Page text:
Social Studies Standards (TMHS)

Alaska Reading Standards for Literacy in History/Social Studies:

Alaska State Standards for History Performance & GLEs:

Alaska State Standards for History Content:
A: A student should understand that history is a record of human experiences that links the past to the present and the future.
A student should understand historical themes through factual knowledge of time, places, ideas, institutions, cultures, people, and events.
A student should develop the skills and processes of historical inquiry.
A student should be able to integrate historical knowledge with historical skill to effectively participate as a citizen and as a lifelong learner.

A focus that my host teacher and I have in our Social Studies lesson planning, is introducing students to the idea that our culture shapes who we are and affects how we perceive the world and how others perceive us. This idea connects to the Alaska History Content Standard A: A student should understand that history is a record of human experiences that links the past to the present and the future, by showing students that their stories are also part of Alaska’s history (and not just the content in the textbooks). Particularly in the class, Alaska History, students are often asked to analyze and reflect upon their own culture, in order to become open-minded to understanding the development of other cultures, such as the Alaska Native tribes.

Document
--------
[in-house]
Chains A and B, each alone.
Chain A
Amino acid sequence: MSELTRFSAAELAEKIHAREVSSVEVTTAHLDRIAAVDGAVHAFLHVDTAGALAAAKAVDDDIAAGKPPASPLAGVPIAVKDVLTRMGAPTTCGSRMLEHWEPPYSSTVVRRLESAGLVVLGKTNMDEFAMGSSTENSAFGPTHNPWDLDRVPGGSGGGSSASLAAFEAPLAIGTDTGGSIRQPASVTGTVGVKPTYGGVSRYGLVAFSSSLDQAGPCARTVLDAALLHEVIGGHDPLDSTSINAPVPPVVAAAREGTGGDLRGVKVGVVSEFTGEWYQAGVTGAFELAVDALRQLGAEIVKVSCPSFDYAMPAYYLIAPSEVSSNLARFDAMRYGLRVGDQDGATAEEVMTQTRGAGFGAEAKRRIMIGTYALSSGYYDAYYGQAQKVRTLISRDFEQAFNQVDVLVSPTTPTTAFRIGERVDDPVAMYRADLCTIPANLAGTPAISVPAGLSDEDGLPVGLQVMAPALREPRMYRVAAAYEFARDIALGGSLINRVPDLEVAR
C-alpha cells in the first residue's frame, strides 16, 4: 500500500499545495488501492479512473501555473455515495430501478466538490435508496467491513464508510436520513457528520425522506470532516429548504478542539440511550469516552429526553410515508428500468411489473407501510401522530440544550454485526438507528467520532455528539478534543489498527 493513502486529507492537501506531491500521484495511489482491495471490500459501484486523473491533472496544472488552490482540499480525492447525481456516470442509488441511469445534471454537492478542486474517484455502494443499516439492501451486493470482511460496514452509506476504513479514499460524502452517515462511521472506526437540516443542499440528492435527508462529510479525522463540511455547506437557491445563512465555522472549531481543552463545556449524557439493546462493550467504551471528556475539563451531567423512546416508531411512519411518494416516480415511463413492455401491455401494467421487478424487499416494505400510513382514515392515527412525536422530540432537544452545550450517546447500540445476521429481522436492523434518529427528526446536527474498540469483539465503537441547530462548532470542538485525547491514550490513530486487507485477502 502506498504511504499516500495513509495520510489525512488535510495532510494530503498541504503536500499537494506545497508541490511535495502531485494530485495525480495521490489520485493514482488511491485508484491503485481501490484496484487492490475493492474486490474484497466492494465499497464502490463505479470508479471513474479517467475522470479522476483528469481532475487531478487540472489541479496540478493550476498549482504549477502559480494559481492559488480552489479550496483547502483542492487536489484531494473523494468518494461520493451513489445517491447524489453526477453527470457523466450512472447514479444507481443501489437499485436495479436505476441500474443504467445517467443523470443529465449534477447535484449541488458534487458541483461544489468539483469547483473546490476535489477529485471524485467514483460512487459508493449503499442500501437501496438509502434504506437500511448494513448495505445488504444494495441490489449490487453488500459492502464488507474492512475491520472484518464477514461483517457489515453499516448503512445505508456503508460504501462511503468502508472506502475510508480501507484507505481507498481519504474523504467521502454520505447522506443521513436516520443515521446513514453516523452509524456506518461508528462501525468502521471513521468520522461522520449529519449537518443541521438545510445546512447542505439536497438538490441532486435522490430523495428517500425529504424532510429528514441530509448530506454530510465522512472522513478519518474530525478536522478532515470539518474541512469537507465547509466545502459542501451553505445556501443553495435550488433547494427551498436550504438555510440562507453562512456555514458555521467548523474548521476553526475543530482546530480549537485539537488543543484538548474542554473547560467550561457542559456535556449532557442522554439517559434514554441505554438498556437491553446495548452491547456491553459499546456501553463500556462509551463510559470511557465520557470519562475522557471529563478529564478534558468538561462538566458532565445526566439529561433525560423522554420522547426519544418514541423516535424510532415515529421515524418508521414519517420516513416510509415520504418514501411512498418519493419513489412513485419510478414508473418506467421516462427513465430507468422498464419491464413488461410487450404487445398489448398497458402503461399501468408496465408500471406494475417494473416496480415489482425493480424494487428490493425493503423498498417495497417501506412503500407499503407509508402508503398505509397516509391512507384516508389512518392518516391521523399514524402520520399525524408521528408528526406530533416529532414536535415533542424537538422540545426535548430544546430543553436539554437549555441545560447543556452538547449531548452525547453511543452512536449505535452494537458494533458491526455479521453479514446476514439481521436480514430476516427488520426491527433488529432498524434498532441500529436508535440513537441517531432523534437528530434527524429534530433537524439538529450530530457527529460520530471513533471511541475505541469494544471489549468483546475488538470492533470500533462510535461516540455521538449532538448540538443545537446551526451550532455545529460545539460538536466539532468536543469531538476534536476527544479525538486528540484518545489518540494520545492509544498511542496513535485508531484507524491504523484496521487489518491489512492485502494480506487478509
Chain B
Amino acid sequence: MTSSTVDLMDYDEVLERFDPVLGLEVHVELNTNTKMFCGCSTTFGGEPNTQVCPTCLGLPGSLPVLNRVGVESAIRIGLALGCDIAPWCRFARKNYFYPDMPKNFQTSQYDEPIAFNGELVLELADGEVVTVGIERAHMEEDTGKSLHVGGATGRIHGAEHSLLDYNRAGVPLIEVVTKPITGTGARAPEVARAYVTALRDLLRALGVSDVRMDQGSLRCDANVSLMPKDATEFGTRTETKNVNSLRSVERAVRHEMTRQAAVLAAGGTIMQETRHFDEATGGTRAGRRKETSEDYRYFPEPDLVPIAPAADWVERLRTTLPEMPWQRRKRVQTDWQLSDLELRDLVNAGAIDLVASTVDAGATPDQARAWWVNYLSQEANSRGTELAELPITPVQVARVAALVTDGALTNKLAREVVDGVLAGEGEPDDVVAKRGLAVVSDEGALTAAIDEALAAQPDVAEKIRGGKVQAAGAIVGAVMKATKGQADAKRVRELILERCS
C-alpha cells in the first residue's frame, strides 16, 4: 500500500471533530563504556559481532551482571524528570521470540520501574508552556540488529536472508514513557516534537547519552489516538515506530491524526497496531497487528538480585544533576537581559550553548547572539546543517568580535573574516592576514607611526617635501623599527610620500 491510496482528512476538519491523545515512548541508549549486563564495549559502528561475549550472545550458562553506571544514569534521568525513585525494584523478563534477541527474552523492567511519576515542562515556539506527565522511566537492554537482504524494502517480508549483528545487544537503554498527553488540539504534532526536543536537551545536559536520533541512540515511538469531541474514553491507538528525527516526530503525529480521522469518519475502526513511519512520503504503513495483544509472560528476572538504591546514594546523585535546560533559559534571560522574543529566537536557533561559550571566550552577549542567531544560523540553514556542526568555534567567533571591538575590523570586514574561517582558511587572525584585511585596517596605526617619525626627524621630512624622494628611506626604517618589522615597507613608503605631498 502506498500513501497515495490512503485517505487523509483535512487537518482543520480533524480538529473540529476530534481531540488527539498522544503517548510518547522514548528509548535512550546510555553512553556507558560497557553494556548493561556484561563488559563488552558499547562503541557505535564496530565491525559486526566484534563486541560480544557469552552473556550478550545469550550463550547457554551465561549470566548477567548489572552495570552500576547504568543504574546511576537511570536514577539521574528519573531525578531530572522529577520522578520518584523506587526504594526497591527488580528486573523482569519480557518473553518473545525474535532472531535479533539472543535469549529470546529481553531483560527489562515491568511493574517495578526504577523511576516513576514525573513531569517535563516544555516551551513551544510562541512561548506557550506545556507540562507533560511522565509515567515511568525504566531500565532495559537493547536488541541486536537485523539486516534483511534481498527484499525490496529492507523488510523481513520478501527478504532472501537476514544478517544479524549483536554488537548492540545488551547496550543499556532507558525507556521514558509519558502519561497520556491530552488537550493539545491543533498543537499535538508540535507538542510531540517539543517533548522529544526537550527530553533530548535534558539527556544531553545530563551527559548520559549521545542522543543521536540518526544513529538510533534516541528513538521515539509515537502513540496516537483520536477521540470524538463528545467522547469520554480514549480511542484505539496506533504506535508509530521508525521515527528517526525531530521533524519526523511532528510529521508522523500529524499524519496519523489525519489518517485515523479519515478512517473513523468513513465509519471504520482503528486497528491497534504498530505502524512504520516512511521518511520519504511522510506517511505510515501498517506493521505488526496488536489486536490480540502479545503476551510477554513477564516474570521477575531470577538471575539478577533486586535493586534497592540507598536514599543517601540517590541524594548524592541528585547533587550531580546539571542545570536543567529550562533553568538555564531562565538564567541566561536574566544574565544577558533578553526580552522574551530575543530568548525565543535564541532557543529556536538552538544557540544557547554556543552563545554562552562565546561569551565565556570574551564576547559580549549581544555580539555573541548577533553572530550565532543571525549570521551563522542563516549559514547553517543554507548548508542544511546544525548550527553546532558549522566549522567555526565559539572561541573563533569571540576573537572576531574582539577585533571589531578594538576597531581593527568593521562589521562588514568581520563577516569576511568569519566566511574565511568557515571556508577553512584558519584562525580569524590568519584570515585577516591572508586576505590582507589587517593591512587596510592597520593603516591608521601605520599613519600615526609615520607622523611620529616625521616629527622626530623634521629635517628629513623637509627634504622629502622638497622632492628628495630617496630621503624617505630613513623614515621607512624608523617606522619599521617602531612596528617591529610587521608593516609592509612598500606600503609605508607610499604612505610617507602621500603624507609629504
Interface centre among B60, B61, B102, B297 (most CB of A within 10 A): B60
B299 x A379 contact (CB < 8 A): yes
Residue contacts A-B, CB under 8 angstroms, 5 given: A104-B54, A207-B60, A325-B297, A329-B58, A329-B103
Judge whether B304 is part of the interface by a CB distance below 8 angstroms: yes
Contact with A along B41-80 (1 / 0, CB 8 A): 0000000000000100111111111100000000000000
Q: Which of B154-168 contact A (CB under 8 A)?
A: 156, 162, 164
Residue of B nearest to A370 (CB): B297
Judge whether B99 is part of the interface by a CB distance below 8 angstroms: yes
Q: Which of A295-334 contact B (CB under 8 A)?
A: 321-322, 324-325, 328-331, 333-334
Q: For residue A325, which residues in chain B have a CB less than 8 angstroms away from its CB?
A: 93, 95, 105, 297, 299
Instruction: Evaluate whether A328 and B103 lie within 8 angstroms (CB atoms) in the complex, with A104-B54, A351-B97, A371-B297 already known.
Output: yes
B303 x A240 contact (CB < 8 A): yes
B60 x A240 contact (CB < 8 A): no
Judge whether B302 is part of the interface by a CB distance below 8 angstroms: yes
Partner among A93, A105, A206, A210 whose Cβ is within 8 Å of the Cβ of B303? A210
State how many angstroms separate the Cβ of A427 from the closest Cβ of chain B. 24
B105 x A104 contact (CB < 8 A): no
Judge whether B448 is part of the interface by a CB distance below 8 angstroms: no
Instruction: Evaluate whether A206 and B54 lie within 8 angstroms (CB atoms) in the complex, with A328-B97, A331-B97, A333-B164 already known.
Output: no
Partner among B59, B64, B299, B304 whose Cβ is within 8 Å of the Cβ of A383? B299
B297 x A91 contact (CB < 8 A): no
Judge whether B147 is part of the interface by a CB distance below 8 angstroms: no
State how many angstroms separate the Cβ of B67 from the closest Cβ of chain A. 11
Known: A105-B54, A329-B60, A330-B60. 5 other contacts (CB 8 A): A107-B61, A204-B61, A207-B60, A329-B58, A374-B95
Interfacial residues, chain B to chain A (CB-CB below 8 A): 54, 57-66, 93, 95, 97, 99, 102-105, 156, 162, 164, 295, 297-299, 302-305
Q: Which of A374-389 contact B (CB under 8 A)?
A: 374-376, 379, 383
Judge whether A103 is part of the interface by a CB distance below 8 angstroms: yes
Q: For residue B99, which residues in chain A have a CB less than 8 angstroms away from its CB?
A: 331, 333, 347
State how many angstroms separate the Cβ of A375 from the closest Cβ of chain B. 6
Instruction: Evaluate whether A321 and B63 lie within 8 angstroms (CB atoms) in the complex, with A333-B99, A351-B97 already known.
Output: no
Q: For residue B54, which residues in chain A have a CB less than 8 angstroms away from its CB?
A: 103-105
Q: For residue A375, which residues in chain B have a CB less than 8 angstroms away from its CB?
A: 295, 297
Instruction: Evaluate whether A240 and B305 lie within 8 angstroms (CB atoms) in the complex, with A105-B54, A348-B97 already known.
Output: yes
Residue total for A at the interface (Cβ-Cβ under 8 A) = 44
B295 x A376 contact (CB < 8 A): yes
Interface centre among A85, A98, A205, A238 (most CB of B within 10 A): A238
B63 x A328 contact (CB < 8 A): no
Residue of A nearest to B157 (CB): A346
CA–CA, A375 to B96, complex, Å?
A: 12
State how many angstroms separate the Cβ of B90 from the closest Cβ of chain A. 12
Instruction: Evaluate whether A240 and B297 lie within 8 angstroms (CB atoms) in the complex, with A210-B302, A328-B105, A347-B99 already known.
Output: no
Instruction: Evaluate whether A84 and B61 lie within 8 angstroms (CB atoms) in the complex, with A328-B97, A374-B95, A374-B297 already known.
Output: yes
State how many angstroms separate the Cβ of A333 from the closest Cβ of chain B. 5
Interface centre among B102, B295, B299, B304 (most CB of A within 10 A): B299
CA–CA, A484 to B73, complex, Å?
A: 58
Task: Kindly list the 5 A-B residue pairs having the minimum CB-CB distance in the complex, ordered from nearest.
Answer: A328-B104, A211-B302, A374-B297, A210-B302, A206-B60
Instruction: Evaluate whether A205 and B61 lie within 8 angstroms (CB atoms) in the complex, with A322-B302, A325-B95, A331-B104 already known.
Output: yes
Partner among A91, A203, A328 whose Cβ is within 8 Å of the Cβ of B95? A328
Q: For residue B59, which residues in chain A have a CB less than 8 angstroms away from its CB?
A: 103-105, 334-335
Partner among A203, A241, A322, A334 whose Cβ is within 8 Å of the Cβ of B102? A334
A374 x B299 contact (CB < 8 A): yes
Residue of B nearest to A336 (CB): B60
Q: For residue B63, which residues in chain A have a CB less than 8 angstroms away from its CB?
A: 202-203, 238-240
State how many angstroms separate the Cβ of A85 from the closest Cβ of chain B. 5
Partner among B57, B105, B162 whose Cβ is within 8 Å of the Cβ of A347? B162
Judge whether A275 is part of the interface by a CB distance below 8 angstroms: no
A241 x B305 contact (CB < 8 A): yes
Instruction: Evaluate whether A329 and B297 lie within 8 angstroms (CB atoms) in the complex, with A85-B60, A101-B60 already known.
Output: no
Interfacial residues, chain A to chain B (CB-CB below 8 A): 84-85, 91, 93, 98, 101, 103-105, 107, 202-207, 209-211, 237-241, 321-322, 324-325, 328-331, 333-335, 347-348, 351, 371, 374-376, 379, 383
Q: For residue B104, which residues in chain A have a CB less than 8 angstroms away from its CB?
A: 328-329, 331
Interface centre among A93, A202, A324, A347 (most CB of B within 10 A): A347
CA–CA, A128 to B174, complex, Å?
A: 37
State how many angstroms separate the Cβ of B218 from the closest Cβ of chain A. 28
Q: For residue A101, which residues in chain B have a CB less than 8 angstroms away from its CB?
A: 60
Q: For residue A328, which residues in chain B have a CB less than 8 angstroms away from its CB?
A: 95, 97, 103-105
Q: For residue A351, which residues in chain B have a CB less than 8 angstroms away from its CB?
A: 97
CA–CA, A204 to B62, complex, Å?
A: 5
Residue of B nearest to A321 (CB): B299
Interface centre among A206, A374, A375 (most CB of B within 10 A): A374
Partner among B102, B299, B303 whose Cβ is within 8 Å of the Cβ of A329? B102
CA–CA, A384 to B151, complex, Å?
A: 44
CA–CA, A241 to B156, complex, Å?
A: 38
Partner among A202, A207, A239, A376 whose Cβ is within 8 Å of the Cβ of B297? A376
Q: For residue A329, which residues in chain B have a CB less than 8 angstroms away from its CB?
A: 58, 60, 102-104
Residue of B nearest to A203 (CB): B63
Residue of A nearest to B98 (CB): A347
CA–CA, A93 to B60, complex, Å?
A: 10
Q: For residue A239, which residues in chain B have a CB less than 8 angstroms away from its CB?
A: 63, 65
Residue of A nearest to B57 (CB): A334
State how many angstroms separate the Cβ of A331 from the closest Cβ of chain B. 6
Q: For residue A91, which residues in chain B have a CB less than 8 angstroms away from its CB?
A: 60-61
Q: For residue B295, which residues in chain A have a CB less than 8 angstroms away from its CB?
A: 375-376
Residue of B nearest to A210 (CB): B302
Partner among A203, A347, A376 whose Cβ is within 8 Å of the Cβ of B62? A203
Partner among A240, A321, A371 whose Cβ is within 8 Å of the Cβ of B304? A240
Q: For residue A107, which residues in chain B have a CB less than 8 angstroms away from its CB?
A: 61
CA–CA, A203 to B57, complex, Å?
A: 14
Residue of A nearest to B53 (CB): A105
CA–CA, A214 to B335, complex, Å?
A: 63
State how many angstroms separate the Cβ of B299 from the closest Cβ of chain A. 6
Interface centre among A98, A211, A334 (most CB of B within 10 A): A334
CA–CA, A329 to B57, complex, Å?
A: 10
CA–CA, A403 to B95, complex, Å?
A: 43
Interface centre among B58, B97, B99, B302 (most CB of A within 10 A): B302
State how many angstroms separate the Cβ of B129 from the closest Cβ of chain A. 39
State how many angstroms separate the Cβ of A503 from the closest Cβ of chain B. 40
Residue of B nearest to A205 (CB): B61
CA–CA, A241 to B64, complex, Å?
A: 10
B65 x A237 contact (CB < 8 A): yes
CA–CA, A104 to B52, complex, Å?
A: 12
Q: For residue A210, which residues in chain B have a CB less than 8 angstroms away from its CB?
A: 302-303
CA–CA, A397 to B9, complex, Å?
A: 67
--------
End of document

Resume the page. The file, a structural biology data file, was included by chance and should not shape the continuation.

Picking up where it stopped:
Such lessons included:
1. Making a table that responds to the essential question of: How does physical geography influence cultural development?
In this lesson, students are asked to write the distinct cultural features of their school, Juneau, Alaska, USA, etc… and see how the cultural features of our locality may differ from that of other places.

2. Sharing cultural objects. In this lesson, students are asked to bring in an object of personal/cultural significance. The class is expected to walk “gallery-style” and write their guesses, questions, or comments on a piece of paper corresponding to each object. Then, each student shares their object, and responds to some of the comments on the paper. This lesson shows how outsiders may perceive your own culture, and see how there may be similarities and differences in perceptions about cultural items.

When studying Alaska Native cultures, it is important for students to think about the context of the source (museum, first-person narrative, websites, etc…) and see how different sources may interpret a culture in different ways (this can range from personal biases to stereotyping) and lastly, come to think critically about the value of learning/analyzing cultures in multiple ways. This type of varied instruction allows teachers to show the holistic and non-biased views of approaching cultural interpretation.

Culturally Responsive Teaching (TMHS)